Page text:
Memo to the Washington press corps: This presidential election isn’t over. Quite the opposite—this week it began.
The headlines of late proceed from the premise that Joe Biden is on a glide path to the White House. Stories highlight polls showing President Trump losing key swing states, even GOP strongholds.
Texas is in play! Georgia is at risk! Journalists explain that Mr. Biden is banking money, while the Trump campaign’s leadership team is in chaos.
They feature congressional race trackers, who rate more Republicans as vulnerable. All that’s left is for Jill Biden to pick the curtains.
There is no doubt Mr. Trump is at risk of losing. This is in part the result of the president’s uneven response to 2020’s two big crises—the coronavirus and racial unrest. Yet as big a part is the weirdness of a campaign cycle that has so far been dominated by only two stories.
The press has doggedly and daily blamed Mr. Trump for a novel pandemic and for violence in liberal cities, and to ensure that the election boils down to a referendum on only those questions. The president has too often aided the media in that sabotage.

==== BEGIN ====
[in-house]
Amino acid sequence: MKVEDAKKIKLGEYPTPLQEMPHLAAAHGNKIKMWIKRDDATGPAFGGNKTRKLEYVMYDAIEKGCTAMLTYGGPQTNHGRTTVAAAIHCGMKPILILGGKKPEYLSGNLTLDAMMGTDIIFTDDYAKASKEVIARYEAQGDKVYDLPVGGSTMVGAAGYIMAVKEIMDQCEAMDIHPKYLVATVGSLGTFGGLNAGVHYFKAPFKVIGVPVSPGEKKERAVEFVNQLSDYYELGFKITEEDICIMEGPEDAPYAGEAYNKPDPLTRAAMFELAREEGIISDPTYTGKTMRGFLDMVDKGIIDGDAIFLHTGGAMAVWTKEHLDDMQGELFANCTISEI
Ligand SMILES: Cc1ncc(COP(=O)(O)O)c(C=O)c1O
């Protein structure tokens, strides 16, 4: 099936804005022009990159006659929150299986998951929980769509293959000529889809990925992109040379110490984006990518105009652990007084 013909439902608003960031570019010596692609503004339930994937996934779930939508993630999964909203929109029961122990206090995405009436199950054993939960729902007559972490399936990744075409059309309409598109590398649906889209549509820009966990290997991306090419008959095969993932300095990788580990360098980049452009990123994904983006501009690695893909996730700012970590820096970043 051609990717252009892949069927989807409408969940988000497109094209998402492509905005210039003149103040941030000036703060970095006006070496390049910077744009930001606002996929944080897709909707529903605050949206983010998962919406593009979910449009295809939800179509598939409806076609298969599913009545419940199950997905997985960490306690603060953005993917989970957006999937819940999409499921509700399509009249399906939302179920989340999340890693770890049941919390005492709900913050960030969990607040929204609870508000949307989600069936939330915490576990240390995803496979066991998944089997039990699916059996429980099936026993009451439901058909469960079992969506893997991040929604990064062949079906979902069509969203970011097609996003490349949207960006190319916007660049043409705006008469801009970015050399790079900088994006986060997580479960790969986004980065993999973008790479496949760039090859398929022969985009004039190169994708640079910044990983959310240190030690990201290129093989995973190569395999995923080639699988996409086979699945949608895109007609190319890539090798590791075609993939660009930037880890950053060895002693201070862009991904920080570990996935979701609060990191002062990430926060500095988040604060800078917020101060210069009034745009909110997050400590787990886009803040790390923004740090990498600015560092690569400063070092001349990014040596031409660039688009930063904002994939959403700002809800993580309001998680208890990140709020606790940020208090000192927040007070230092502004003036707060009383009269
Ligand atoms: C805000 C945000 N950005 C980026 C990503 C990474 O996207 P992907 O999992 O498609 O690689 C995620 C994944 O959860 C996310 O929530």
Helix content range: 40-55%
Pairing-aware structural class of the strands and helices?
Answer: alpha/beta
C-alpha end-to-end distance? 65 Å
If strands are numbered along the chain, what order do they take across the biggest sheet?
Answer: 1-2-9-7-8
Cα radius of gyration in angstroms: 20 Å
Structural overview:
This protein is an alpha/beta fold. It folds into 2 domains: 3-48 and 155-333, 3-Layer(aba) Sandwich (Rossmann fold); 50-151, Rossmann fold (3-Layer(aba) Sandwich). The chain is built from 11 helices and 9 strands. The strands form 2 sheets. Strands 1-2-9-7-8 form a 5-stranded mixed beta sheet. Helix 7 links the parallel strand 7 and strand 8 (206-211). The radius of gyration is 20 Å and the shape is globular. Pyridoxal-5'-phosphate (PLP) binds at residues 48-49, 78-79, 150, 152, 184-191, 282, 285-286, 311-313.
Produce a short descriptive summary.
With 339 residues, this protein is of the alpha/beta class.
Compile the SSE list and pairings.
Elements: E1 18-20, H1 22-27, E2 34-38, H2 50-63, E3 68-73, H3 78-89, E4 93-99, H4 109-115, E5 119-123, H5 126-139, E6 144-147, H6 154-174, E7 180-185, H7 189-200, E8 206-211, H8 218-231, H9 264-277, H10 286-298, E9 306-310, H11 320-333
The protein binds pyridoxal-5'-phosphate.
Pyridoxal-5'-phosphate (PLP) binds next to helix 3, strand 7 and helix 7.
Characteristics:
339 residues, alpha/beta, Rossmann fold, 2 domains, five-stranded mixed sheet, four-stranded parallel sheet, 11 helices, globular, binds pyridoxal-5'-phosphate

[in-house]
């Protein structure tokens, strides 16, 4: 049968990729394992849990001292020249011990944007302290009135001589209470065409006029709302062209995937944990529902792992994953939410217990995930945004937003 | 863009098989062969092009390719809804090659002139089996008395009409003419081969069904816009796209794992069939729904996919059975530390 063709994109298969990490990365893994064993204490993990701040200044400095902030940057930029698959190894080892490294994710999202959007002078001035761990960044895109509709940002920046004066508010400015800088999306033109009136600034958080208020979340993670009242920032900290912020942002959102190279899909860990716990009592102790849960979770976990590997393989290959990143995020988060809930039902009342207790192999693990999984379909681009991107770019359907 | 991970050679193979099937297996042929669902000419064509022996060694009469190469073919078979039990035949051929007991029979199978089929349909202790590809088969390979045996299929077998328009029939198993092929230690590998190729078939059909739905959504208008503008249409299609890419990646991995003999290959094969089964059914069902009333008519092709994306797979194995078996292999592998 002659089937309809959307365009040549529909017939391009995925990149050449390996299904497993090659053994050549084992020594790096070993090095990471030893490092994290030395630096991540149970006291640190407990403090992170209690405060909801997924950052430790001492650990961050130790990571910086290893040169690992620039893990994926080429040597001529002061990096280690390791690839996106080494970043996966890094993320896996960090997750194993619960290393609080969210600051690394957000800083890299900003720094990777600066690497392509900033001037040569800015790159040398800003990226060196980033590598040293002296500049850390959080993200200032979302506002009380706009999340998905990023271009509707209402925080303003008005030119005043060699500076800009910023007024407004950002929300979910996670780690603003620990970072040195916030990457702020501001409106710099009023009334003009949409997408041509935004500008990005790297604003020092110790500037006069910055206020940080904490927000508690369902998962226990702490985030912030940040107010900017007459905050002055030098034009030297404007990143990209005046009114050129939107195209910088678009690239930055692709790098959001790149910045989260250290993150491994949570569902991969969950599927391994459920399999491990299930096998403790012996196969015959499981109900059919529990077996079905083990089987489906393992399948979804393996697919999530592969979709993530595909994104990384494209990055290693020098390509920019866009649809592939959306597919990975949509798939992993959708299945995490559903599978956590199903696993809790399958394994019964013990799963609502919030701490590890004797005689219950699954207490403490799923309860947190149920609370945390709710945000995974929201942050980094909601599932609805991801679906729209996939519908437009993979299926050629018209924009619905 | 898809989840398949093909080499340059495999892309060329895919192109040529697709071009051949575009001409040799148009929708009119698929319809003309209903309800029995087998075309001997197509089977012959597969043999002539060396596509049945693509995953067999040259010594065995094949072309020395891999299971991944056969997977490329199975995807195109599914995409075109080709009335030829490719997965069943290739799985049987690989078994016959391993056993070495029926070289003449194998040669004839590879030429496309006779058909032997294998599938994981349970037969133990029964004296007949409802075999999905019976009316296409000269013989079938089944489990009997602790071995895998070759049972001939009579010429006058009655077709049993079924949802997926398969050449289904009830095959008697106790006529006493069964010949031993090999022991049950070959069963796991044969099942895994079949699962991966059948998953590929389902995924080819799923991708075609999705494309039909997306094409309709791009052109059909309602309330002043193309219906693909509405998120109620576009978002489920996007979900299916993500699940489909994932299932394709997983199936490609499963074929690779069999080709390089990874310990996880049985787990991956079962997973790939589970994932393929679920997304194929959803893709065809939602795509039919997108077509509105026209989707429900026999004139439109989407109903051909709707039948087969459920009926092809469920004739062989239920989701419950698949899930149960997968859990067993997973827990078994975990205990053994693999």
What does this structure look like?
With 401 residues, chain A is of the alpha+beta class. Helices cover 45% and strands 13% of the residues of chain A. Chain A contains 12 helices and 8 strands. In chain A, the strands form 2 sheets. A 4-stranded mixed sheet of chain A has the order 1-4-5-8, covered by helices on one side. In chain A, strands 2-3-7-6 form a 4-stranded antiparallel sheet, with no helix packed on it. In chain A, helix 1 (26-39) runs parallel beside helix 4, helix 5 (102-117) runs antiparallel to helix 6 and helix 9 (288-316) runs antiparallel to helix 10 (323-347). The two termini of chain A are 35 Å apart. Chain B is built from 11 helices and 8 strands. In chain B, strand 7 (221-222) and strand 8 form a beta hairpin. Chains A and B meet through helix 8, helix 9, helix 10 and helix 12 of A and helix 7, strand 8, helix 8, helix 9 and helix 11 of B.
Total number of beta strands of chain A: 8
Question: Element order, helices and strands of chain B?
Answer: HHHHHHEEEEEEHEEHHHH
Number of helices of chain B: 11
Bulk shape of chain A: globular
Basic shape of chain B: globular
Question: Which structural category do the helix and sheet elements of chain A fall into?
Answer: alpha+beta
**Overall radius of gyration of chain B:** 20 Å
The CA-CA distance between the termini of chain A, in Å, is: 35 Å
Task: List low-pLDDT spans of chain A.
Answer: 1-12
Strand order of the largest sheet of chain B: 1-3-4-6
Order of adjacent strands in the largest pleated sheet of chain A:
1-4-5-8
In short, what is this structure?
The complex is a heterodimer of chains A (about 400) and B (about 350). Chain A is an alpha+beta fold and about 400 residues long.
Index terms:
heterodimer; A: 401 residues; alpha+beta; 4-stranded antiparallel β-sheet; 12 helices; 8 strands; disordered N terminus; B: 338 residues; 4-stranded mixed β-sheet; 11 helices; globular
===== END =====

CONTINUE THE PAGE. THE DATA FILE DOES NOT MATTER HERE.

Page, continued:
Real Life. Real News. Real Voices
Help us tell more of the stories that matterBecome a founding member
But this isn’t the way of elections, and there’s no reason to think this dynamic will reign through November.
Surprising though it may be to CNN, Americans have concerns far beyond Arizona’s hospital capacity or Seattle’s East Precinct.
Polls show they remain focused on the issues that traditionally define elections—jobs, taxes, health care, energy prices, trade, Supreme Court nominees. To date, they have heard almost nothing about the candidates’ differences on these topics.
Subscribe to the newsletter news
We hate SPAM and promise to keep your email address safe